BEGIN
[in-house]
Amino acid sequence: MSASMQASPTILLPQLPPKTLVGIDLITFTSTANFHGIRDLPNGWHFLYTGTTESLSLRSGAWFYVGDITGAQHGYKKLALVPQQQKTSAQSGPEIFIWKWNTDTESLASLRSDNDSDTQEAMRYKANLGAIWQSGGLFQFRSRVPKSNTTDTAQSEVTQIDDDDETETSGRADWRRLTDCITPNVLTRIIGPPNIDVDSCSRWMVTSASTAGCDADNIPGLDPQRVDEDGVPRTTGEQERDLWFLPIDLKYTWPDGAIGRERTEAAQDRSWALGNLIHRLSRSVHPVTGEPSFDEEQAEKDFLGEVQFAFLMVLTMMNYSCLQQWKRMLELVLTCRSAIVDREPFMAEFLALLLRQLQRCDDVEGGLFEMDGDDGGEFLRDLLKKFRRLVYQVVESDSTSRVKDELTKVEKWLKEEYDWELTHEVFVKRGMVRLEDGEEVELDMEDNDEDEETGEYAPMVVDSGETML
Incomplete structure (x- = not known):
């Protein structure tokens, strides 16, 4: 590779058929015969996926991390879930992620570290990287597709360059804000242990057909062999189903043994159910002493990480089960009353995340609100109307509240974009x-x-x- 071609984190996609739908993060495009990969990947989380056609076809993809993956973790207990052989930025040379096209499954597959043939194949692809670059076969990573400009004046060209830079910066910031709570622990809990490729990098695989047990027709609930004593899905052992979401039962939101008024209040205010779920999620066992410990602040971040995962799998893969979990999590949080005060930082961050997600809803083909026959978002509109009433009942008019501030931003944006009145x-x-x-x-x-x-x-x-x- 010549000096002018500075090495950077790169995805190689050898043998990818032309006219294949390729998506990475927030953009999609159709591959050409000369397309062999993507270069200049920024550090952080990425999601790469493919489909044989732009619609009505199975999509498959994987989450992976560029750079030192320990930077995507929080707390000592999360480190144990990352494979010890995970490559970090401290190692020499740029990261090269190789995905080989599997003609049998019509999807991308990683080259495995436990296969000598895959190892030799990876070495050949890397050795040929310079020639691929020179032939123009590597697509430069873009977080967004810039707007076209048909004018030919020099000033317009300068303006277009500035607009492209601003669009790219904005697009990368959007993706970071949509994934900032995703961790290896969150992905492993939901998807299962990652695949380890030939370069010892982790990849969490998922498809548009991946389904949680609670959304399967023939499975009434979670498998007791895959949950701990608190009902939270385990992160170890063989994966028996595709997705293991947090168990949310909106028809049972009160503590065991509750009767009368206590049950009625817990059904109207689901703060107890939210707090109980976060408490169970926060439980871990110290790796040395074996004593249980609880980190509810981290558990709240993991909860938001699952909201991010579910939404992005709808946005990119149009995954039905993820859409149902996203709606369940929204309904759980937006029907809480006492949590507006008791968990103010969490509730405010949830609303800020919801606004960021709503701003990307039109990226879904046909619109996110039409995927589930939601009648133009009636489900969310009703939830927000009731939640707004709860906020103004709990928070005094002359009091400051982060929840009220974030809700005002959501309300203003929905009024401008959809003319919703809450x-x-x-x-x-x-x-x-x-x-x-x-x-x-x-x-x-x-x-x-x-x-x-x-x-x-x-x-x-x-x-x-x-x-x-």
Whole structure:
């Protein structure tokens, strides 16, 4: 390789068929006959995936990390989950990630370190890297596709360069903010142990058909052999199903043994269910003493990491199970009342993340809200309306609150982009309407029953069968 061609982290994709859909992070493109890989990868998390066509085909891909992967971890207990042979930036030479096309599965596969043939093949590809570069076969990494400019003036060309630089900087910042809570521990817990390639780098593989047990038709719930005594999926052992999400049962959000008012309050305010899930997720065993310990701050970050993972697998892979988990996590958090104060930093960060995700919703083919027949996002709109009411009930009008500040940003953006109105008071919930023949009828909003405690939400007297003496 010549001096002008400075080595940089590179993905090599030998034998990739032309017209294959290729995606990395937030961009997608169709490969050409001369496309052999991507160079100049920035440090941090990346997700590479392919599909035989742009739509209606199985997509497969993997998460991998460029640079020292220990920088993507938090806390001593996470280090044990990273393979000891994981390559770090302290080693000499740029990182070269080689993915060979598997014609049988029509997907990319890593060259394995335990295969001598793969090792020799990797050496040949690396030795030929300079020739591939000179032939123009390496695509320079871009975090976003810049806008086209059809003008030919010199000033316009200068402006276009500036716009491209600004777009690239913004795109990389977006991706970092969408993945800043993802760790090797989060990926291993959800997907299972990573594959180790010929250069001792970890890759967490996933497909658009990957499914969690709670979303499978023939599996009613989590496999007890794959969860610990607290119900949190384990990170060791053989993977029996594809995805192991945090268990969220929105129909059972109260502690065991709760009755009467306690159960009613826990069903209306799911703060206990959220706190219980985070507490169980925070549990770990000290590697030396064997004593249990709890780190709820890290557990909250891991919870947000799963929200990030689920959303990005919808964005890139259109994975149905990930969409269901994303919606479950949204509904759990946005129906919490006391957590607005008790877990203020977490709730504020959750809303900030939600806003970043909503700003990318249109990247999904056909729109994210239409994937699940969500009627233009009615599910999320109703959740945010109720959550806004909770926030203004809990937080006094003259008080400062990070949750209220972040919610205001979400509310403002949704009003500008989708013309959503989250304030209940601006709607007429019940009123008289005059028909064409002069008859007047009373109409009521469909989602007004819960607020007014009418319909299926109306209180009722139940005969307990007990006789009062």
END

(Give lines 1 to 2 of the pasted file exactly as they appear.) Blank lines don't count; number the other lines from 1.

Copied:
[in-house]
Amino acid sequence: MSASMQASPTILLPQLPPKTLVGIDLITFTSTANFHGIRDLPNGWHFLYTGTTESLSLRSGAWFYVGDITGAQHGYKKLALVPQQQKTSAQSGPEIFIWKWNTDTESLASLRSDNDSDTQEAMRYKANLGAIWQSGGLFQFRSRVPKSNTTDTAQSEVTQIDDDDETETSGRADWRRLTDCITPNVLTRIIGPPNIDVDSCSRWMVTSASTAGCDADNIPGLDPQRVDEDGVPRTTGEQERDLWFLPIDLKYTWPDGAIGRERTEAAQDRSWALGNLIHRLSRSVHPVTGEPSFDEEQAEKDFLGEVQFAFLMVLTMMNYSCLQQWKRMLELVLTCRSAIVDREPFMAEFLALLLRQLQRCDDVEGGLFEMDGDDGGEFLRDLLKKFRRLVYQVVESDSTSRVKDELTKVEKWLKEEYDWELTHEVFVKRGMVRLEDGEEVELDMEDNDEDEETGEYAPMVVDSGETML